Bernie & Howard | 20/20 Hindsight | Seven Days | Vermont's Independent Voice

Seven Days needs your financial support!

Pin It
Favorite

Bernie & Howard 

Originally published January 14, 1998.

It never made any of the top-10 lists for 1997, but Ol’ Bernardo’s emergence on Capitol Hill as an effective and outspoken coalition builder was the biggest unheralded political story of ’97. On Sunday, Bernie Sanders sat at the right hand of Jesse Jackson on CNN’s “Both Sides.” Monday evening he was the special guest on “Crossfire.” Finally! The topic — the controversial Asian bailout. Ol’ Bernardo is in the eye of the storm on this one.

“What we’re seeing now,” said Sanders, “is the growth of an international financial house of cards which is extremely fragile. I have real doubts whether a handful of people operating mostly in secrecy are going to be able to run the world’s economy when we can’t even solve the problems of a small state.”

Bernie’s been getting a lot of national and international press lately. He did an interview with the BBC on Tuesday, and he’s due to appear on “Frontline” next week on PBS. And how could we ignore his appearance Sunday on WCAX’s “You Can Quote Me.” Not only did Marselis Parsons fail to lay glove on Sanders, the veteran news director hardly threw a punch. Parsons’ best shot came at the very end when he charged that David Hale, noted economist and Vermont native, had called Bernie “dangerous.”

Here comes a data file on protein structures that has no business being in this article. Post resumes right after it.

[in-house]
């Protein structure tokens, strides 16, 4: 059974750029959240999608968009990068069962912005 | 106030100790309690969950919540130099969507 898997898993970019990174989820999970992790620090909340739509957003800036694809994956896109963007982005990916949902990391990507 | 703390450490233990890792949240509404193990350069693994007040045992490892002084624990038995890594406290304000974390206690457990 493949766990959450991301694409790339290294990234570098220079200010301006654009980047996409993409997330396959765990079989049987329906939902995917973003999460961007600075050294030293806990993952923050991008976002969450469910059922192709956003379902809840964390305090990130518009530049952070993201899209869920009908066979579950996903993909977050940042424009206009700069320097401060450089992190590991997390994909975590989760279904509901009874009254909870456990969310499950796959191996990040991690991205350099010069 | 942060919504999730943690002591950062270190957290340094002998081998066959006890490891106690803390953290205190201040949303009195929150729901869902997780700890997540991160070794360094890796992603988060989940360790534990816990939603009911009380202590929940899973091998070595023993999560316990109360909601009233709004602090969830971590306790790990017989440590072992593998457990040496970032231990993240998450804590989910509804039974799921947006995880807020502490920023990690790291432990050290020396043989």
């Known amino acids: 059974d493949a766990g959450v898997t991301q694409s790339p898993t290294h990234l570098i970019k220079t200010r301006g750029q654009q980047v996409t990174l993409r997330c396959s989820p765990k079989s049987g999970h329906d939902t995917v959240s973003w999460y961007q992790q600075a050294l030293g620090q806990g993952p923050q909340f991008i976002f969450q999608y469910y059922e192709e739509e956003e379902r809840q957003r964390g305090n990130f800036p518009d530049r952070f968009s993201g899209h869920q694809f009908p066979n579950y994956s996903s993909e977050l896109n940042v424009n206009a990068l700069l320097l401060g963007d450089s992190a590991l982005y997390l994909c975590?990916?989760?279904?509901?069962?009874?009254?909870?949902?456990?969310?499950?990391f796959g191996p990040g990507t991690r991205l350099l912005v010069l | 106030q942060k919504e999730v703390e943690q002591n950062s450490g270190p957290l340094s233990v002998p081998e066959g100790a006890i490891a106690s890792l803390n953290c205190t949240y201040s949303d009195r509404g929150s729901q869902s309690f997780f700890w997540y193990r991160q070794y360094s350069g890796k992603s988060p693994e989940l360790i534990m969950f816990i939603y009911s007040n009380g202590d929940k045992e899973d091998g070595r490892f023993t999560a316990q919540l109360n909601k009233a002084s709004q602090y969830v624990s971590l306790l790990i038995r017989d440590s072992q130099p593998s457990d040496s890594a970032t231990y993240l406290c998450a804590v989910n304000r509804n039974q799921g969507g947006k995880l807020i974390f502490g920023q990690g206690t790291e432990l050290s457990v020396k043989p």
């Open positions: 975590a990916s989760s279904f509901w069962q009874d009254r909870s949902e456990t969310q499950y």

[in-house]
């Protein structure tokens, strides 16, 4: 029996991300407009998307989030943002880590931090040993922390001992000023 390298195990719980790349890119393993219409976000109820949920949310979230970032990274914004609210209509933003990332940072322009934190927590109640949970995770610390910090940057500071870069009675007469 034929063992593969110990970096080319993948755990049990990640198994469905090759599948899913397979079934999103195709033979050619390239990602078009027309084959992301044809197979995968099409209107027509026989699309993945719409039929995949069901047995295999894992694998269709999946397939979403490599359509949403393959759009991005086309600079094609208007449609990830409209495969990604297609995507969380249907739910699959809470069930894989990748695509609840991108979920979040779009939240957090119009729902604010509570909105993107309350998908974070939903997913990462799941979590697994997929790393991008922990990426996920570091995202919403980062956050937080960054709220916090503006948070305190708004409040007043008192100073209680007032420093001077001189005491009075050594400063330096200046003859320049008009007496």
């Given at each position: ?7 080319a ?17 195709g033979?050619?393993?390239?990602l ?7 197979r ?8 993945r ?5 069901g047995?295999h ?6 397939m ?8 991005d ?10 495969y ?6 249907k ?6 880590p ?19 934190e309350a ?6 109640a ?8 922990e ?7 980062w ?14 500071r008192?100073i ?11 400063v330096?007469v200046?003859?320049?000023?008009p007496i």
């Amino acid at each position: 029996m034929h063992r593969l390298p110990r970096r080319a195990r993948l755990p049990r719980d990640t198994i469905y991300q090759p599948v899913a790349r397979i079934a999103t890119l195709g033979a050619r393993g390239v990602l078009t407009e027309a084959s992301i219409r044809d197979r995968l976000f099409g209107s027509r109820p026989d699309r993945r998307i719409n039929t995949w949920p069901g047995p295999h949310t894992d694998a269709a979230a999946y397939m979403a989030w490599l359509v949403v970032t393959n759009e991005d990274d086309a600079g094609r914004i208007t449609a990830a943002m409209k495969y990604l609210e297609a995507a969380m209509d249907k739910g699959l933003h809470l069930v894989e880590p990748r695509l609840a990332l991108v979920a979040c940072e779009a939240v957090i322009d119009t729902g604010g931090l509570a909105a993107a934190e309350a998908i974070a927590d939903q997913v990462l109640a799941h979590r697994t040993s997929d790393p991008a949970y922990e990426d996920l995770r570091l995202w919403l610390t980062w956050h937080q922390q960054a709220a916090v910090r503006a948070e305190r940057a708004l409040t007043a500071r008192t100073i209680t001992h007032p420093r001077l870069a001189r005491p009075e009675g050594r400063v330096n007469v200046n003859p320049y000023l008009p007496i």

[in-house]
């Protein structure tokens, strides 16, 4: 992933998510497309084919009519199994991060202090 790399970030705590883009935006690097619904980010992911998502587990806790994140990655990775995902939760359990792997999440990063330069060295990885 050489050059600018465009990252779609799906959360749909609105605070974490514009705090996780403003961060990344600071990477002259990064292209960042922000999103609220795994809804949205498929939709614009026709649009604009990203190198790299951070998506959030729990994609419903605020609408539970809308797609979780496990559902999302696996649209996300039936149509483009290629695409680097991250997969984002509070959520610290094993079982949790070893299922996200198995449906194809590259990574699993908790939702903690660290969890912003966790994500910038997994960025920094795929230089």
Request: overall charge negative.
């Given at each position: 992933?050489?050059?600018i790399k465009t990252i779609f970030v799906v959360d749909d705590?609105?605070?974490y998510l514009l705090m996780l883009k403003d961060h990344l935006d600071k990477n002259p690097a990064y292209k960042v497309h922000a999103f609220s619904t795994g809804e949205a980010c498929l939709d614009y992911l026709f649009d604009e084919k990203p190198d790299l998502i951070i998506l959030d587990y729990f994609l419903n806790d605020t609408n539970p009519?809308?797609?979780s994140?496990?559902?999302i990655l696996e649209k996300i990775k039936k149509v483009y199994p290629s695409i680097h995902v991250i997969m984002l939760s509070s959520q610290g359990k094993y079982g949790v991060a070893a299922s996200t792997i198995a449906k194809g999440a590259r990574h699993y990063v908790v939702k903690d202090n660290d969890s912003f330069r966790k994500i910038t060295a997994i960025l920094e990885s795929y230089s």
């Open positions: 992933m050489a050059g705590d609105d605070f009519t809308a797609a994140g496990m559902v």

“I’m glad Mr. Hale thinks I’m dangerous,” replied Sanders. “Mr. Hale gets paid a lot of money to protect large corporations and some of the wealthiest people in the world. So if Mr. Hale thinks I’m dangerous, I must be doing something right.”

Got something to say? Send a letter to the editor and we'll publish your feedback in print!

Pin It
Favorite

More By This Author

About The Author

Peter Freyne

Peter Freyne

Bio:
Peter Freyne, 1949-2009, wrote the weekly political column "Inside Track," which originated in the Vanguard Press in the mid 1980s; he brought it to Seven Days in 1995. He retired it shortly before his death in January, 2009. We all miss him.

Comments


Comments are closed.

Since 2014, Seven Days has allowed readers to comment on all stories posted on our website. While we’ve appreciated the suggestions and insights, the time has come to shut them down — at least temporarily.

While we champion free speech, facts are a matter of life and death during the coronavirus pandemic, and right now Seven Days is prioritizing the production of responsible journalism over moderating online debates between readers.

To criticize, correct or praise our reporting, please send us a letter to the editor. Or send us a tip. We’ll check it out and report the results.

Online comments may return when we have better tech tools for managing them. Thanks for reading.

Latest in Category

Keep up with us Seven Days a week!

Sign up for our fun and informative
newsletters:

All content © 2020 Da Capo Publishing, Inc. 255 So. Champlain St. Ste. 5, Burlington, VT 05401
Website powered by Foundation